Before I start writing this column about a young man snatched in his prime by emotions that I myself felt at his age, I must ask you this:. Have you ever seen a squirrel jumping from one tree to the next?
Most of the time they make it with no problem, but ever now and again, they land on a branch, the branch breaks and they plummet to the ground.
Staying on the squirrel analogy, if you have never witnessed one of these ill-fated leaps then here is one that everyone has encountered at some time. In this case a squirrel is smack dab in the middle of the road and sees your car coming, he goes left, then right, then left, unable to make up his little mind.
Well that’s precisely how I feel about writing this column.
With that said, here I go.
A couple of columns ago I implored you to take part in the First Annual Collin Stokes Memorial Inshore Fishing Tournament to be held on Oct.10 out of Shelter Cove Marina on Hilton Head.
If the “Stokes” name rings a bell than it should. Collin, a 22-year old student at Clemson University was the son of Al and Shannon Stokes. Both are priceless parts of the Lowcountry. Shannon is a teacher, and Al is probably best known to fisherman and water lovers for his 30 years as director of the Waddell Mariculture Center here in Bluffton.
So now that you know the relationship, here is where I take a leap that is not only delicate but may also be way out of bounds on my part.
Like myself, any of you that have children find it nearly impossible to fathom losing one of your children. As a close friend of Al, I was privy to the love he had for Collin.
Named after the Colleton River, Collin was as much a part of Al as any father and son I have ever known. When Collin died, a part of both Shannon and Al died with him.
To say it has been a struggle for them both is an understatement. But with that said, that is not why I am writing this. You see, Al has given so much of himself to this whole area it would be impossible to quantify his passion to help keep our fisheries and waters healthy and productive.
Night and day, he works on a shoestring budget to repopulate our waters with everything from redfish and trout to cobia. I am talking millions of fish.
But even more importantly, he gives his time to educate our youth, talk to groups on the importance of keeping our waters healthy and best of all, finds solutions to these pressing issues.
No matter when or where, he gladly gives of his time and knowledge to just about anyone that asks.
Without beating around the bush any longer, I am asking that as many of you as possible plan to fish in the Collin Stokes Memorial Tournament. This is not a tournament about how much money you can win, it’s a tournament about caring and more importantly, support for a family that has done more for every one of you that spends time on the water. It is almost incomprehensible.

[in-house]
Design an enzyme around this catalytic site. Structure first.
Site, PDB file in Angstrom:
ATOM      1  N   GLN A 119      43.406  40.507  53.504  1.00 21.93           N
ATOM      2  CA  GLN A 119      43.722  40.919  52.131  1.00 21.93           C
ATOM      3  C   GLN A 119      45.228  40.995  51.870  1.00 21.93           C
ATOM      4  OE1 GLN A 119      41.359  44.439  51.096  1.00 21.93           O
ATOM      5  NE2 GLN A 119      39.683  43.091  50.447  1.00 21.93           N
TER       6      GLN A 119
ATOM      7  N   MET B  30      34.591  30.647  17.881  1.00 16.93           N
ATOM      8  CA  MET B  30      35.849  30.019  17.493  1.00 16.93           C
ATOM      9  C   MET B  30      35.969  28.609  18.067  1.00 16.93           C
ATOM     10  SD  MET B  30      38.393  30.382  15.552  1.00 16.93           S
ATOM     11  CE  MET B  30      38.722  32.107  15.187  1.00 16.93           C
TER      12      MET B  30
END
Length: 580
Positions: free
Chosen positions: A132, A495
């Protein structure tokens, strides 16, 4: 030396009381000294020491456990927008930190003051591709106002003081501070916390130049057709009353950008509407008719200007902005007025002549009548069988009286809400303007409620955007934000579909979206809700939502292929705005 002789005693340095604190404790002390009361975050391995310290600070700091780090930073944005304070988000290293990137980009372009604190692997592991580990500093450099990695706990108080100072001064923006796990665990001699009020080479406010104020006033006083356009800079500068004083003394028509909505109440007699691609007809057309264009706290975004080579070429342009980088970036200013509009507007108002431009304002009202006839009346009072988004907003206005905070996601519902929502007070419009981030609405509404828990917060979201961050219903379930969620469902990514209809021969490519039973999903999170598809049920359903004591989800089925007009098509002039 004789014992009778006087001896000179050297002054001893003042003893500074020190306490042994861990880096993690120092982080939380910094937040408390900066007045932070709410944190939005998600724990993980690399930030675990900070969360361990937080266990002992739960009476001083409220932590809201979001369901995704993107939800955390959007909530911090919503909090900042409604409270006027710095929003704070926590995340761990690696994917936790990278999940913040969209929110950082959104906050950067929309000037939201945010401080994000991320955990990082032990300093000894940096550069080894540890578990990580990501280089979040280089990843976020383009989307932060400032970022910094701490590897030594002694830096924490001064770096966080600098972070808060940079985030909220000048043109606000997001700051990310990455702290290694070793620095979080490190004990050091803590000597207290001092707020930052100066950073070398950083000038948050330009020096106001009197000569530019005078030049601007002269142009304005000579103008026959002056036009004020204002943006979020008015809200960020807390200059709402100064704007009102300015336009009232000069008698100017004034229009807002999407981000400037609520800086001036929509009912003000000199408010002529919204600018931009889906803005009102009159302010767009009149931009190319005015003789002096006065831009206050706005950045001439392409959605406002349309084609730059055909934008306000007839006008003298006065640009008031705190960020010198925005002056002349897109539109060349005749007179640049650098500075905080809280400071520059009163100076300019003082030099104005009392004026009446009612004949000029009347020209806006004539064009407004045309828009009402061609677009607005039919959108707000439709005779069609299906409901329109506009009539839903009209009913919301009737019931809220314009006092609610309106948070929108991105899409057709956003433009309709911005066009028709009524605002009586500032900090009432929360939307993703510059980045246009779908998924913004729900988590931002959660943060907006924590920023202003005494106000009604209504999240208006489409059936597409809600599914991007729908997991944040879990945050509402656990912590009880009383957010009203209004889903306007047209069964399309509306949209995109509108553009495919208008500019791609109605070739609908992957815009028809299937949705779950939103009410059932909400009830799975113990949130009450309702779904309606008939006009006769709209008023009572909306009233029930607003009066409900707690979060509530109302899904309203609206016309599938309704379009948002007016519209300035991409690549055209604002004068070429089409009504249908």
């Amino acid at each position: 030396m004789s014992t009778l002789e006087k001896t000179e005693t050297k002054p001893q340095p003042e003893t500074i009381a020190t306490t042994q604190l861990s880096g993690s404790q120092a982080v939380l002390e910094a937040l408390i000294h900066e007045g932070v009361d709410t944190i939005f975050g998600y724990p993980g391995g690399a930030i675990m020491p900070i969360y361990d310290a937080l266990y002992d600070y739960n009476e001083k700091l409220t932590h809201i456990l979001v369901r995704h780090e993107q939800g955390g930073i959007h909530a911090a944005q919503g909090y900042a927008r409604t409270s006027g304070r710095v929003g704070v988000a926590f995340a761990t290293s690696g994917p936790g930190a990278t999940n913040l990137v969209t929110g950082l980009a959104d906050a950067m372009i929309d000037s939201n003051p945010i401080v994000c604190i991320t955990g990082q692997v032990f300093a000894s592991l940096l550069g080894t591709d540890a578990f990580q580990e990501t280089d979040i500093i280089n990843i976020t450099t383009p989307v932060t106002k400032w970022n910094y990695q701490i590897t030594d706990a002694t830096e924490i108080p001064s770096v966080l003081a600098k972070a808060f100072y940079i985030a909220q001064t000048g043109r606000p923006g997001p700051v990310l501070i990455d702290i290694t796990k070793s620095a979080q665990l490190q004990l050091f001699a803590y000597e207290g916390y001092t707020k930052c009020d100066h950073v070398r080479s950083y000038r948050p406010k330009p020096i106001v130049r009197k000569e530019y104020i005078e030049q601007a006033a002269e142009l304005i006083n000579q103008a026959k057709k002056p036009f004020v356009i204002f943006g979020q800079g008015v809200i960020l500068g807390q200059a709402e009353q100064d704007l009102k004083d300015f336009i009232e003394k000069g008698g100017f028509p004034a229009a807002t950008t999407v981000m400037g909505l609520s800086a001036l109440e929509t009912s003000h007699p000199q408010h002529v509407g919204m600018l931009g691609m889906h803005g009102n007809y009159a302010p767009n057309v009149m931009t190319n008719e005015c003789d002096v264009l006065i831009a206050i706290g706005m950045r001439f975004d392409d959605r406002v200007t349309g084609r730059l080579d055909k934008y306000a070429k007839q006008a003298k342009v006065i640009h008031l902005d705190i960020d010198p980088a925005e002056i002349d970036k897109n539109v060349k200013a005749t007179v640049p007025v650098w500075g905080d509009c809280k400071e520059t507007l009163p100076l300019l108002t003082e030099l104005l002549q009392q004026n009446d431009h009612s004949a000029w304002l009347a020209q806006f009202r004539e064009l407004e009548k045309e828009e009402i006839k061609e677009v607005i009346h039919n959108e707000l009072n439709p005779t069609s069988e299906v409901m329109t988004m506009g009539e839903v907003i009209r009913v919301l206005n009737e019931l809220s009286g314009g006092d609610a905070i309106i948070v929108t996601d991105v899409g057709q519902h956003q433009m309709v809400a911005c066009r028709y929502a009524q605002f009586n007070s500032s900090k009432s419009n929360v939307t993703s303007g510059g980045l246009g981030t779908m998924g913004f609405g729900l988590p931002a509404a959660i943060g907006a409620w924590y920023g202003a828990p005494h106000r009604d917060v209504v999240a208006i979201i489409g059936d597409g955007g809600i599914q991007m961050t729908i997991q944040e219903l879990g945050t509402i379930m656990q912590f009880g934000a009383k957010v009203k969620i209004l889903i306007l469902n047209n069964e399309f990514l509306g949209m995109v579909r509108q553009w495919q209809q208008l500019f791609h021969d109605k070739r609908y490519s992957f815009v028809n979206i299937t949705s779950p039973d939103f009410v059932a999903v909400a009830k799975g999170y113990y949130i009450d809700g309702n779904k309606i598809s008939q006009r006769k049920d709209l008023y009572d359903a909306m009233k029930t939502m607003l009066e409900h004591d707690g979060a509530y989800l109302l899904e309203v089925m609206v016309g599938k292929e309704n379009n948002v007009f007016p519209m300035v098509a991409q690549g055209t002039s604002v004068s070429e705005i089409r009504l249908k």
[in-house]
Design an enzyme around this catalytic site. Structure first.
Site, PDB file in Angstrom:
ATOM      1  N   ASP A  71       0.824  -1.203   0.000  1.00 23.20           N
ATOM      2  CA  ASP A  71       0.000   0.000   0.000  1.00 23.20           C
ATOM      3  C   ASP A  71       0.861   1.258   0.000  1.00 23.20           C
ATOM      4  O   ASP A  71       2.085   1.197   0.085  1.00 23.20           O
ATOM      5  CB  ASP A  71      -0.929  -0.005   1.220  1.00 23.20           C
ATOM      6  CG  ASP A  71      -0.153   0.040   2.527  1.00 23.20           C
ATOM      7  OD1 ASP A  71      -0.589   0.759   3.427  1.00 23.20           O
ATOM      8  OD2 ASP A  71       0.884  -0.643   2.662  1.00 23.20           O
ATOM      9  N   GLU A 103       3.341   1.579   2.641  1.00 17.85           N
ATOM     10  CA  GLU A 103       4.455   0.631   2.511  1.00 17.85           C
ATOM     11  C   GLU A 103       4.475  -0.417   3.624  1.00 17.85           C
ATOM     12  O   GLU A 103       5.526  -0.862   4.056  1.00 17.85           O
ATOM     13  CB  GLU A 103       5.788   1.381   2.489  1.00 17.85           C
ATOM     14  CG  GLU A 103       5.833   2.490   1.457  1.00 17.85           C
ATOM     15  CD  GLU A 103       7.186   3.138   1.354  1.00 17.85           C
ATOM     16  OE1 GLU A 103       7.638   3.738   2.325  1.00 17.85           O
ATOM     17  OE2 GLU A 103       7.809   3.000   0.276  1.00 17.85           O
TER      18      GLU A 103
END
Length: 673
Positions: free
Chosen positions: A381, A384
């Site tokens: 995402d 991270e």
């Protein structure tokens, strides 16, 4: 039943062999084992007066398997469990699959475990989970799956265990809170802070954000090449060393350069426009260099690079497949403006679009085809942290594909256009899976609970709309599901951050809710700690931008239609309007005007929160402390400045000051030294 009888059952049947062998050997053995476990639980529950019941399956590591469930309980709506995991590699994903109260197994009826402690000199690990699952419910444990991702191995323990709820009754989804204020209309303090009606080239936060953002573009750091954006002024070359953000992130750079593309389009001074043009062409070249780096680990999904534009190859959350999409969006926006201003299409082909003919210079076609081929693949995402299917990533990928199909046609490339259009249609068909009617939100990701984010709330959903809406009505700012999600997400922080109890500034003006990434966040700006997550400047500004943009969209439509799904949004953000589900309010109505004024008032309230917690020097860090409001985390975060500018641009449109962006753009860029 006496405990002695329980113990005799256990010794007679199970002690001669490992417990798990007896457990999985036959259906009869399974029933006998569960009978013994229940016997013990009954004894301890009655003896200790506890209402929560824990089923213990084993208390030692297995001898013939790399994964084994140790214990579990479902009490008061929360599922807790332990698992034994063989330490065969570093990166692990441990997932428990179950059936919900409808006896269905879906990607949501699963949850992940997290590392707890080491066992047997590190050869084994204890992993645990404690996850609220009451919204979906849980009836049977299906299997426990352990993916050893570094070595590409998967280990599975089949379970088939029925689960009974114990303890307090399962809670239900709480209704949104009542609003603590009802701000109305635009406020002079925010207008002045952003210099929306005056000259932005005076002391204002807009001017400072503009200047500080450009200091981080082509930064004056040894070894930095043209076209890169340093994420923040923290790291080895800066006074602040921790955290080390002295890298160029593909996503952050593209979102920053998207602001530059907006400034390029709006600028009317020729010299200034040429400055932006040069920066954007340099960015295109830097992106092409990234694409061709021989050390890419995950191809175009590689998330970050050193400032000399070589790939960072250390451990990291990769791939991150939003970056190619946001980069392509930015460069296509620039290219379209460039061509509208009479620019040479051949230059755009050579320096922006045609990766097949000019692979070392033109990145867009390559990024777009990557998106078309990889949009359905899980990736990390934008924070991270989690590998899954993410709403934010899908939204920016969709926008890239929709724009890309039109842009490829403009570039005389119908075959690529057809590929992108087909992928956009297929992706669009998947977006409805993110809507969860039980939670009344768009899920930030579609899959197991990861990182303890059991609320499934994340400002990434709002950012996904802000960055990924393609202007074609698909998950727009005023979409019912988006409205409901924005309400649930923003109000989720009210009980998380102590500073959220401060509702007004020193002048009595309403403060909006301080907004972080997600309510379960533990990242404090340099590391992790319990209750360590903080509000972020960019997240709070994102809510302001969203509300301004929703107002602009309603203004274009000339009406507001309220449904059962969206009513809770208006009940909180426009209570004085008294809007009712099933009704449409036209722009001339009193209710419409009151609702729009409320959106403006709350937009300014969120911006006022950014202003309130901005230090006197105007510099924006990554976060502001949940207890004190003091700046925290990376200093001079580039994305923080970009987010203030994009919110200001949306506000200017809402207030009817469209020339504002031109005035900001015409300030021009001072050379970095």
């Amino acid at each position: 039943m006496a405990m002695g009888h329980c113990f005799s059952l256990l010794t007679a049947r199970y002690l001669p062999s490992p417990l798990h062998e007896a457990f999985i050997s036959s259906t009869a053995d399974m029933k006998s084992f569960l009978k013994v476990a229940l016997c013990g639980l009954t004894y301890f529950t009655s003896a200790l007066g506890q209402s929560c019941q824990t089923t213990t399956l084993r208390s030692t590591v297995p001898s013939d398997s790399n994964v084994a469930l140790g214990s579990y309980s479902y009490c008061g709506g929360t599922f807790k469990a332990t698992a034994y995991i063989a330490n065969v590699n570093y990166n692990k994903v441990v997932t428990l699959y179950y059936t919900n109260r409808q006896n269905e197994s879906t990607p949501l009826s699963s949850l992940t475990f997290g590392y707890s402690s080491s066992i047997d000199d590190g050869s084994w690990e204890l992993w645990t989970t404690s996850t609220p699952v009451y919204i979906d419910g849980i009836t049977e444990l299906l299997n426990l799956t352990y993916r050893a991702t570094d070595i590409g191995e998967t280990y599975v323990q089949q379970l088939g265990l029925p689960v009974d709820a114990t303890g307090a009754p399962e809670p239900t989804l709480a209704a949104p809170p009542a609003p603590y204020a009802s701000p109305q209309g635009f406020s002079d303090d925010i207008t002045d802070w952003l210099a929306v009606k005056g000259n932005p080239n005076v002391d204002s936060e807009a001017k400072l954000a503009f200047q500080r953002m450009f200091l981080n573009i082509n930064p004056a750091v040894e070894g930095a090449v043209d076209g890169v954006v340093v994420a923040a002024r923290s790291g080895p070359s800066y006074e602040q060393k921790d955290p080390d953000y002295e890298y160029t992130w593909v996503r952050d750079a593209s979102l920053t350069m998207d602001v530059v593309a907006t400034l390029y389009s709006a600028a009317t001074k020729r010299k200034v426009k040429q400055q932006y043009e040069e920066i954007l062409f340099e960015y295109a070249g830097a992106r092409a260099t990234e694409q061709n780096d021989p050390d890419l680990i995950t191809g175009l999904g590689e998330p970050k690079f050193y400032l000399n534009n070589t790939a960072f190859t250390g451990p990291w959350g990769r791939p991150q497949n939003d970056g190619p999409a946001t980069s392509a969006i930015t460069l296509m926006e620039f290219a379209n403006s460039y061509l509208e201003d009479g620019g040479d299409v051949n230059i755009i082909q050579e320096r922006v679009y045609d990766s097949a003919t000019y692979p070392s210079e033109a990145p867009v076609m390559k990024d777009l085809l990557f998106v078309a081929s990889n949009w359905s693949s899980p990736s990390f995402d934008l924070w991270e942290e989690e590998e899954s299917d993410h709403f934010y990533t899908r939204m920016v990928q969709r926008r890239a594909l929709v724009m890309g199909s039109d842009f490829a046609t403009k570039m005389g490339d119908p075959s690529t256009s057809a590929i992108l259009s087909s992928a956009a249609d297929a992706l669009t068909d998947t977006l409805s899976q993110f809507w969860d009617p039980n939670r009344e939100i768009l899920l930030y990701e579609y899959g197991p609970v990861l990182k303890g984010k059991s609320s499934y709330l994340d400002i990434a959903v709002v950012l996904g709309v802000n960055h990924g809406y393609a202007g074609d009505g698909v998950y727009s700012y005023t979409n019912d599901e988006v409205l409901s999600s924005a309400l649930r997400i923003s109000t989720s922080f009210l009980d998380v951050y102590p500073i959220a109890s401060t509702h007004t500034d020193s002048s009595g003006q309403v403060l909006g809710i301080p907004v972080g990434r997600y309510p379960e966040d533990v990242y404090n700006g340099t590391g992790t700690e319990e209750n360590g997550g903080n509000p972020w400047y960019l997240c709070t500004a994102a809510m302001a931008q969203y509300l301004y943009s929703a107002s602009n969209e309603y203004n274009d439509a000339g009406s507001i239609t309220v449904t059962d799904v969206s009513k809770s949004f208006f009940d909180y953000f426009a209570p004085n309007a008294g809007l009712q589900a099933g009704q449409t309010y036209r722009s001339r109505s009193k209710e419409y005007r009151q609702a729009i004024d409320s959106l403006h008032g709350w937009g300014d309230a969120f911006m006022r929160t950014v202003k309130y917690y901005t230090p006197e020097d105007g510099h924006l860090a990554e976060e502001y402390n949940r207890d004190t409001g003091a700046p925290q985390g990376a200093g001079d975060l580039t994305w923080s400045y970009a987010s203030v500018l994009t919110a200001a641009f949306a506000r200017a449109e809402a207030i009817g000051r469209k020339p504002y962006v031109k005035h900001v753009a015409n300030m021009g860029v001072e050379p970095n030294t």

There will be cash winners and tons of other prizes but the main goal is to raise the funds to fulfill a dream, Al’s dream. Every cent made will go toward a new entrance to the Mariculture Center to honor Collin and just as importantly, all the amazing things Al has done over his tenure at Waddell.
Working with local wrought iron artist Rhonda Fantozzi, the new entrance will be a aquatic scene with intertwining redfish and marsh grass with brick columns on either side and plaques recognizing Collin and Al.
The entry fee is $150, a small price to pay to hopefully show the Stokes our love and our support.
Even if you can’t make the tournament, make a tax deductable donation. The captains meeting will be held at 5 p.m., Oct. 9 in front of the Shelter Cove Marina Store.
Prizes will be awarded for redfish, trout, flounder and redfish with the most spots. Personally, should I win a category, I will donate my winnings to the cause at hand.
That is the spirit we hope to have at this event. After the weigh-in on Saturday, a party to celebrate Collin and the entire Stokes family will be held.
If you cannot make the captains meeting or have questions, you can enter via email at email@example.com or go to the Facebook page at www.facebook.com/CollinStokesMemorialFishingTournament.
Whether you knew Collin or not, let’s show Al and the rest of his family that even after such a unimaginable loss, the community for which they have devoted their lives for has love in their hearts and faith that Collin, and Al, will never be forgotten.